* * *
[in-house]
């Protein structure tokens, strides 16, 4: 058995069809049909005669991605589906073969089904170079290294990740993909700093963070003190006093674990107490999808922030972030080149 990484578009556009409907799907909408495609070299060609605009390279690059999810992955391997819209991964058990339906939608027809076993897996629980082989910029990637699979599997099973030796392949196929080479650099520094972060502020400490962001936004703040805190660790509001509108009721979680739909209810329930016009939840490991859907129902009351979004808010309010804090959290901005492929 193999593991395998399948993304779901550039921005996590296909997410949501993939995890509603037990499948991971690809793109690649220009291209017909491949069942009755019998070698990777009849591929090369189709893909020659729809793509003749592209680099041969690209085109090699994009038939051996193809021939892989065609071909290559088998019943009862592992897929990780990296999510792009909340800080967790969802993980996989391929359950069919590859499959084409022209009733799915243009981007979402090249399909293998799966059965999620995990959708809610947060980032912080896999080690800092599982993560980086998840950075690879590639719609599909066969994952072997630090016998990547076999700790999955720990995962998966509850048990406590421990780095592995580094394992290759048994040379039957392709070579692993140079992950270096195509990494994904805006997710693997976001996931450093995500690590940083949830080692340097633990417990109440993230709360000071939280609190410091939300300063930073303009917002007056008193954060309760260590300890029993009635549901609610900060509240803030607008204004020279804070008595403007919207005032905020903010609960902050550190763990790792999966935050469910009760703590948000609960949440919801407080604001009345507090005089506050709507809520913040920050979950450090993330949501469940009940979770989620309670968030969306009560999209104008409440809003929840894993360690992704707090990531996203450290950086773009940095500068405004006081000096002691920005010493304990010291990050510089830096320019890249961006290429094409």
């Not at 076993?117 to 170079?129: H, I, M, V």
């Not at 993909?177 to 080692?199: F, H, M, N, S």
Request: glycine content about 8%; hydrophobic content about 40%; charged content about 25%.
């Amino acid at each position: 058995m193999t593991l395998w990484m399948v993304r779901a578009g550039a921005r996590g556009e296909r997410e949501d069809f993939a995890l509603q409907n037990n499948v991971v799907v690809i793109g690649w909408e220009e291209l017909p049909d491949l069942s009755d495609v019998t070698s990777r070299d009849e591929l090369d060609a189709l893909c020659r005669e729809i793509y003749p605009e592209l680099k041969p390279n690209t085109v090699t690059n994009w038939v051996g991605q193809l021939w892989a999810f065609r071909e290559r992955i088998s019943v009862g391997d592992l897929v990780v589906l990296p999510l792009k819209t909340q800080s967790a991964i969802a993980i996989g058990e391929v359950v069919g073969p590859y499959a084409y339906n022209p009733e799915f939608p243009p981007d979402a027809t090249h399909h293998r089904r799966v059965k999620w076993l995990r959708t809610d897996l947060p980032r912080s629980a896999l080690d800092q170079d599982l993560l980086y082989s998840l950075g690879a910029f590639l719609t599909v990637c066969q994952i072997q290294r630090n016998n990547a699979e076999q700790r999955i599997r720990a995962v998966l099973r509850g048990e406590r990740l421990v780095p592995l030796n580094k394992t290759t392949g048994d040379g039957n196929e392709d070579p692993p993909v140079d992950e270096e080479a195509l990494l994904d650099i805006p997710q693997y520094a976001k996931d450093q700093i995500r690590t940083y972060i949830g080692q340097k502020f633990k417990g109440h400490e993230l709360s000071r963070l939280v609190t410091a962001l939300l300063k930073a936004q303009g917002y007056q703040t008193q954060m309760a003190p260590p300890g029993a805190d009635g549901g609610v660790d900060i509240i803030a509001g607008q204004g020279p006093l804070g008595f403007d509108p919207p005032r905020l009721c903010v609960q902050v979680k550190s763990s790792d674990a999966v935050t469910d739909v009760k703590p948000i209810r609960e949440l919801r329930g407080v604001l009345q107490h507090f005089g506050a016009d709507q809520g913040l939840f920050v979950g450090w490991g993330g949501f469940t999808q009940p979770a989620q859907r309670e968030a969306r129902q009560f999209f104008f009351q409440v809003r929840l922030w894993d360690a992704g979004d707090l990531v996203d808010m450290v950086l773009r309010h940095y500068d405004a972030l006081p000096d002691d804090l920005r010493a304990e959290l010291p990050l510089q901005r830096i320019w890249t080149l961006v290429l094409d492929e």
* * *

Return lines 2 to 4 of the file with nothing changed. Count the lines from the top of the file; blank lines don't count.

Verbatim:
């Protein structure tokens, strides 16, 4: 058995069809049909005669991605589906073969089904170079290294990740993909700093963070003190006093674990107490999808922030972030080149 990484578009556009409907799907909408495609070299060609605009390279690059999810992955391997819209991964058990339906939608027809076993897996629980082989910029990637699979599997099973030796392949196929080479650099520094972060502020400490962001936004703040805190660790509001509108009721979680739909209810329930016009939840490991859907129902009351979004808010309010804090959290901005492929 193999593991395998399948993304779901550039921005996590296909997410949501993939995890509603037990499948991971690809793109690649220009291209017909491949069942009755019998070698990777009849591929090369189709893909020659729809793509003749592209680099041969690209085109090699994009038939051996193809021939892989065609071909290559088998019943009862592992897929990780990296999510792009909340800080967790969802993980996989391929359950069919590859499959084409022209009733799915243009981007979402090249399909293998799966059965999620995990959708809610947060980032912080896999080690800092599982993560980086998840950075690879590639719609599909066969994952072997630090016998990547076999700790999955720990995962998966509850048990406590421990780095592995580094394992290759048994040379039957392709070579692993140079992950270096195509990494994904805006997710693997976001996931450093995500690590940083949830080692340097633990417990109440993230709360000071939280609190410091939300300063930073303009917002007056008193954060309760260590300890029993009635549901609610900060509240803030607008204004020279804070008595403007919207005032905020903010609960902050550190763990790792999966935050469910009760703590948000609960949440919801407080604001009345507090005089506050709507809520913040920050979950450090993330949501469940009940979770989620309670968030969306009560999209104008409440809003929840894993360690992704707090990531996203450290950086773009940095500068405004006081000096002691920005010493304990010291990050510089830096320019890249961006290429094409």
């Not at 076993?117 to 170079?129: H, I, M, V």
């Not at 993909?177 to 080692?199: F, H, M, N, S």